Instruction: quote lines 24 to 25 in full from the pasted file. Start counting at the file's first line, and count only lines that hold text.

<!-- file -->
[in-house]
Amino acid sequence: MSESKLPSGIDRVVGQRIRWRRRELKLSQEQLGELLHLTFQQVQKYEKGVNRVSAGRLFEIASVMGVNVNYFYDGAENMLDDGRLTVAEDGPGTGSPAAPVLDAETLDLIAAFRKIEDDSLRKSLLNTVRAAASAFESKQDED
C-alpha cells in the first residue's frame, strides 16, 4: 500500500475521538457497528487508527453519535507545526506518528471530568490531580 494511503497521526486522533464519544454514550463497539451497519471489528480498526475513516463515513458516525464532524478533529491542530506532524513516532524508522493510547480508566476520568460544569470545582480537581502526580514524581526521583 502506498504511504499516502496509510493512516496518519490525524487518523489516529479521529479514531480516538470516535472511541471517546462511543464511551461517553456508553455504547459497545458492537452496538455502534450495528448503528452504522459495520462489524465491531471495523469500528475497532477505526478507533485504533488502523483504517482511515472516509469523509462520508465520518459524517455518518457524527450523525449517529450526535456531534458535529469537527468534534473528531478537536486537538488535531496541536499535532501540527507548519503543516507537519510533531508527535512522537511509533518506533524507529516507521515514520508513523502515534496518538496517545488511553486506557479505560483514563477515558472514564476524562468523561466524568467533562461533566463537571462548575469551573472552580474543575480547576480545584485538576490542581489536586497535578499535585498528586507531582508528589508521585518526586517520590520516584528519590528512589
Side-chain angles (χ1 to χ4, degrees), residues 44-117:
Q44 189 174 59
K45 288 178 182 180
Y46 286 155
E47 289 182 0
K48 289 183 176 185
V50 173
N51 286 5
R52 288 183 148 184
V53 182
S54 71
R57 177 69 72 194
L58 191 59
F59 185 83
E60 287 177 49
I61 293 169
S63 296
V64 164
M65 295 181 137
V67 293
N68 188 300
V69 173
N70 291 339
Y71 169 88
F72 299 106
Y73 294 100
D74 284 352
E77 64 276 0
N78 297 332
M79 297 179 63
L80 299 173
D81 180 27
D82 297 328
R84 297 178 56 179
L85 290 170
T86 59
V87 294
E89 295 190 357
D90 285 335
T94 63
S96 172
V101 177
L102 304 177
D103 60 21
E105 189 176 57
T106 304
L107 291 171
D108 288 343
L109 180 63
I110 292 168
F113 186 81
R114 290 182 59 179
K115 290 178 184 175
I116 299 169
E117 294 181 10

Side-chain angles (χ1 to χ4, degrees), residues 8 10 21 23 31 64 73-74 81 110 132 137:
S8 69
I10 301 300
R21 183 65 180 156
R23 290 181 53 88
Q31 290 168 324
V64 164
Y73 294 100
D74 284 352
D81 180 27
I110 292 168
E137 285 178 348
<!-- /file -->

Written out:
N68 188 300
V69 173